We are often told that one sign of the end of a Bull market is the emergence of Mom and Pop investors who are the last in and the first to lose their shirts. While there's some debate about the degree to which the retail investor has returned to the market since 2008, there's no question that there are articles that do affirm, with little evidence, that the market is a safe investment. One of them appeared in Yahoo finance: "Wall Street Week Ahead: U.S. stocks a safe haven, even after panic selloffs." The article was brief, pointing out that stocks had a hit from which they recovered completely. 'If you're concerned about increased tension in Ukraine, that's the trade - at least for now,' said Art Hogan, chief market strategist at Wunderlich Securities in New York. 'We are the cleanest shirt in the hamper,' he said of the U.S. stock market.
The article continued: "Brian Reynolds, chief market strategist at Rosenblatt Securities in New York, believes tech, healthcare and large-cap biotechs are in position to lead the U.S. stock market higher for the next several weeks. He sees the S&P 500 rising on Monday if tensions do not become worse. 'If Russia does not escalate, stocks are likely to open above the 1,960 they were at earlier today as people who put on knee-jerk shorts cover,' he wrote late on Friday."
The overall message from this Yahoo piece was that investors remained positive even in the face of brutal news from around the world. "'These are horrible human tragedies and that's worthy of mention every time this comes up,' said Lawrence Creatura, portfolio manager at Federated Investors in Rochester, New York. 'However, the economic impact (in the United States) has been small.'"
That was the heart of the article. It seemed like a hand-holding piece for the retail investor, the notorious "mom and pop" investor who generally lose money from their untimely buys and sells while the banksters profit. The comments from readers ripped the article to shreds as just another bit of propaganda to deceive and manipulate the small investor. Since much the same article could have been written on Friday, August 29th, to soothe the retail investor into a happy complacency for the post Labor Day opening bell, it is instructive to appreciate the comments and analyses of a sharp group of anonymous commentators who blasted the Yahoo piece to smithereens.
The commentators focused on two aspects of the title as well as gave their advice about what a reader should do. (I will put the online name of each commentator I quote into italics and bold so it will be easy to recognize an online name.)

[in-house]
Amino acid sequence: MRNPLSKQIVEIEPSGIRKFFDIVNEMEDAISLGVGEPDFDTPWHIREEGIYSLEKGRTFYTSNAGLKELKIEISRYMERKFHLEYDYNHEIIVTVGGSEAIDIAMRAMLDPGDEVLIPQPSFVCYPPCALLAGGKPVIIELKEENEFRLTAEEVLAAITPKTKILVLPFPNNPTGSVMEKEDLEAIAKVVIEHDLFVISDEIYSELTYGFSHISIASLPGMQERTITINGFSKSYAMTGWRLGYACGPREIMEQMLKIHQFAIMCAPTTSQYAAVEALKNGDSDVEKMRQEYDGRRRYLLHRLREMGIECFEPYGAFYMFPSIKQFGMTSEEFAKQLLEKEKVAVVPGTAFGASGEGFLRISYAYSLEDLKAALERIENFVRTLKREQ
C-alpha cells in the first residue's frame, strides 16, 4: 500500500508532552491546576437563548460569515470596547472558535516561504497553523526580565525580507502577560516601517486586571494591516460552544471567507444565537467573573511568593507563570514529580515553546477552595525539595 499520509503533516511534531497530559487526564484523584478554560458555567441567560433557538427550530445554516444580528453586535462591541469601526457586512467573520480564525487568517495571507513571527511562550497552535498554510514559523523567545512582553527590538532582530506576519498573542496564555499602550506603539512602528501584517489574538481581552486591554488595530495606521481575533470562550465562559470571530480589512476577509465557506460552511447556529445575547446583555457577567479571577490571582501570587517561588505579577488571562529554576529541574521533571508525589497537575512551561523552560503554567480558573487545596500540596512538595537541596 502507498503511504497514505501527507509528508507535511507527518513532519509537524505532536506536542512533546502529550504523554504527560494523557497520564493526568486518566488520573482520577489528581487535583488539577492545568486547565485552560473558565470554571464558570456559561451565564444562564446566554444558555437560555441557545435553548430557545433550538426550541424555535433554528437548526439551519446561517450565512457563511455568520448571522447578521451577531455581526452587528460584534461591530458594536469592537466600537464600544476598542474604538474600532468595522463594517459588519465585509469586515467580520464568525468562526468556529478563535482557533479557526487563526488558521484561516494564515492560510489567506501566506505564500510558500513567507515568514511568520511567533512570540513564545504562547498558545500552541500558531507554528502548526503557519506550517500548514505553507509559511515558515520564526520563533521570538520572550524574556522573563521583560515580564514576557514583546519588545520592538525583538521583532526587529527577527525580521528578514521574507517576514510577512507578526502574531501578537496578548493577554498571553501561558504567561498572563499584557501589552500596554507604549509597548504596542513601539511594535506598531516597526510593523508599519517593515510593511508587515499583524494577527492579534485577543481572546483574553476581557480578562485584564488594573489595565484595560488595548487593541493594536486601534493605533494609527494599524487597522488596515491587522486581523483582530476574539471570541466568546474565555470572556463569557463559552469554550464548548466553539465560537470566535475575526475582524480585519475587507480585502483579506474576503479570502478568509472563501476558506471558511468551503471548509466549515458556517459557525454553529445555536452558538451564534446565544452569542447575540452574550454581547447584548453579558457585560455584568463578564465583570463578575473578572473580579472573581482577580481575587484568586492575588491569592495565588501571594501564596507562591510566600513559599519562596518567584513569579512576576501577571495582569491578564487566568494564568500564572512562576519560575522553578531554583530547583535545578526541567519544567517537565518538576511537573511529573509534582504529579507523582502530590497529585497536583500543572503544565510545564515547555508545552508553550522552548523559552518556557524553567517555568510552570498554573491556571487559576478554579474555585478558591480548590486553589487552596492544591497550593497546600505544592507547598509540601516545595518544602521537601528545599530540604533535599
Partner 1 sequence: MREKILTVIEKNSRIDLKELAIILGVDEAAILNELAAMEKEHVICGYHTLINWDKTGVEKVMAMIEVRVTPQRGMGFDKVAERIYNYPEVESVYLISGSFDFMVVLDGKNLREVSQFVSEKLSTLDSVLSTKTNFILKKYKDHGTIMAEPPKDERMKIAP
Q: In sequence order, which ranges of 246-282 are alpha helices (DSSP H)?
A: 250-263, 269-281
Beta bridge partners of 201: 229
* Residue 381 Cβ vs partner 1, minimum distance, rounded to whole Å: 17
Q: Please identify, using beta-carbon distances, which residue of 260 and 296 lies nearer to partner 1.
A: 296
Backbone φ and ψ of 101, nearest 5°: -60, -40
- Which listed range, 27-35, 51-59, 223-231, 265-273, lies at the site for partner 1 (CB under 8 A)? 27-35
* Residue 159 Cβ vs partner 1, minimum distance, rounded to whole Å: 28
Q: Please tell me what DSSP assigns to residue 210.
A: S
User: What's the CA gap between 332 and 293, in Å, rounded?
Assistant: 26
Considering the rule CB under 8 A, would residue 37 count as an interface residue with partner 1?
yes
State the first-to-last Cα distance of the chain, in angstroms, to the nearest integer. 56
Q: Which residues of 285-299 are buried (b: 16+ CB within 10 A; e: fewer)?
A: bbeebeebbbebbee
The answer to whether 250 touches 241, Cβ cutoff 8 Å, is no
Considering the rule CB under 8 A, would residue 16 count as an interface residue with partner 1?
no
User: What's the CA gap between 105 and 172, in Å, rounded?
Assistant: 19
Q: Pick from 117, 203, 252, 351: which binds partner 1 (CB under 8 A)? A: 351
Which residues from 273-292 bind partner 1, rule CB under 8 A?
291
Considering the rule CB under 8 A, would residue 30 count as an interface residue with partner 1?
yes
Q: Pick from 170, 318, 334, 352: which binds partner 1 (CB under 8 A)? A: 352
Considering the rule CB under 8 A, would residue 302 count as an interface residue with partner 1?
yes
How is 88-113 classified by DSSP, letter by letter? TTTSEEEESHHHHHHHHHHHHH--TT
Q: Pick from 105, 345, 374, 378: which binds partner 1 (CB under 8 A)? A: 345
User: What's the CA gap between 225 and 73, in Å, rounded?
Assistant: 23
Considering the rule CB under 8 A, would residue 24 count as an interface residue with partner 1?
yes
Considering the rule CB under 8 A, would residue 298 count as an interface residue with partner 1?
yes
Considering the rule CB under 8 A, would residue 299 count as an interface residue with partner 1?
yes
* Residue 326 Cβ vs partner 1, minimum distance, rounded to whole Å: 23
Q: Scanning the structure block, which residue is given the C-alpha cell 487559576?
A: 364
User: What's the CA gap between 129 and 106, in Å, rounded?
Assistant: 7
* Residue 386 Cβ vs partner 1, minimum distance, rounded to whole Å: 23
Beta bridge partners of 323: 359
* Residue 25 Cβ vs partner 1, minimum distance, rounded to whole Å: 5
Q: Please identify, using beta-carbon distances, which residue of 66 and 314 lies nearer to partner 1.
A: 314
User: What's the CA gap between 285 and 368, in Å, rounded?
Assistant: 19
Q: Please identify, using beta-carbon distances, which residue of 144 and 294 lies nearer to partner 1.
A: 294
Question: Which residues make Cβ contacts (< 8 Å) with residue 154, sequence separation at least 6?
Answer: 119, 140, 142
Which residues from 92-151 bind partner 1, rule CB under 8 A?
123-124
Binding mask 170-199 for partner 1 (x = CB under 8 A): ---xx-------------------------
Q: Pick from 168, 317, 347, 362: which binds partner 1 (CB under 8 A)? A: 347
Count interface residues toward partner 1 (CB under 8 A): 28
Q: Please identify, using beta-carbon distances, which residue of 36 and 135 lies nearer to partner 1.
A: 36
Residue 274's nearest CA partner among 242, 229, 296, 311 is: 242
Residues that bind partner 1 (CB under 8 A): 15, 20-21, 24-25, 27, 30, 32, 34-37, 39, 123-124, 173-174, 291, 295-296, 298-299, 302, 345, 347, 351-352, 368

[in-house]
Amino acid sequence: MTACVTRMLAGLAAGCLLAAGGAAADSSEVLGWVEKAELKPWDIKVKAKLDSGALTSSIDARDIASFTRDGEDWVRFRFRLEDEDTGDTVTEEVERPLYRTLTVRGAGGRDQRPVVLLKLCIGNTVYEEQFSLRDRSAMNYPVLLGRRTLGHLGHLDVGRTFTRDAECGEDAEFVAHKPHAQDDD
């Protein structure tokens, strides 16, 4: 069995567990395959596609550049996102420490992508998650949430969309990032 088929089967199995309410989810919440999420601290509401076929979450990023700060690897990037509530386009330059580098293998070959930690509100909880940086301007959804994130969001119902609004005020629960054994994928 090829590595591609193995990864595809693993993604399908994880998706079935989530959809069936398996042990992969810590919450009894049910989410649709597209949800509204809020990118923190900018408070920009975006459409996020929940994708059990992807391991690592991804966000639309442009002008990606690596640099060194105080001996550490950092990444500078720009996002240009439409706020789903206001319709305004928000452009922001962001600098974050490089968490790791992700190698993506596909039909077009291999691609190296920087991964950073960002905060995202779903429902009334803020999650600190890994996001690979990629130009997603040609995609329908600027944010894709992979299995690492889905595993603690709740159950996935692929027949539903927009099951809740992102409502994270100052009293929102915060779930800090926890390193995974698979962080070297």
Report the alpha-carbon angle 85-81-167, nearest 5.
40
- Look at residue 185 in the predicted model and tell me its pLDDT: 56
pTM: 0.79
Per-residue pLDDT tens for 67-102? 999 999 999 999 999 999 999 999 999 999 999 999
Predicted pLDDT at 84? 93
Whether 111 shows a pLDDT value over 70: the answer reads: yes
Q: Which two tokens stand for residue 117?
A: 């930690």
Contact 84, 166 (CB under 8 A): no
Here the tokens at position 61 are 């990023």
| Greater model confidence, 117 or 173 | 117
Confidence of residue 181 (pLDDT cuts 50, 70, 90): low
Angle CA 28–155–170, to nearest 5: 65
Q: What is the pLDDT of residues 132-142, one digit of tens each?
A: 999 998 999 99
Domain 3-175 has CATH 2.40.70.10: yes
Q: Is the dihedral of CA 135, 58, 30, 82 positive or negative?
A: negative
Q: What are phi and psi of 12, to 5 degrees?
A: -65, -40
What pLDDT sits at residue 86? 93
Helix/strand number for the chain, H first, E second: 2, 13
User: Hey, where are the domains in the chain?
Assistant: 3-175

The idea that the stock market was a safe haven drew a number of sharp retorts. Mike [online name] reminded us of the double-talk in George Orwell's Nineteen Eighty-Four : "'U.S stocks a safe haven', War is peace, Freedom is slavery, Ignorance is strength, G-d Bless the Ministry of Truth!" Starstick also seemed in a chastising mood: "Tell the investors that were in the stock market in 2008, that stocks are a safe haven." Rick wrote that "stocks and safe haven should not be used in the same sentence nowadays." Jim observed, "when S&P was at 660 nobody thought US stocks were a safe haven, now 300% later it suddenly becomes a safe haven!!!! Really......BS." Mack had some good advice for the author of the article: "A safe haven would not have a sell off. Please learn how to lie better."
The other aspect of the title that wasn't getting any kudos was the claim that there had been a "panic selloff." Guttersnip wasted no words: "That was by no means a panic sell off." Lightning Strikes added some emphasis: "Panic sell-offs? As the group BTO would sing, 'You ain't seen nothing.'" Rocky suggested what you would see in a panic sell off: "When you see the values of those stocks you think are worth so much drop by 20-30-then 40 or even 50%, that will be the panic sell off." I found that very persuasive since I was investing when we all watched the panic sell-off on Black Monday, October 19, 1987. I believe Not Convinced overstated what we'd see when a panic sell occurs, but it is a sobering reflection: "You will know it's a panic selloff when the National Guard is called out."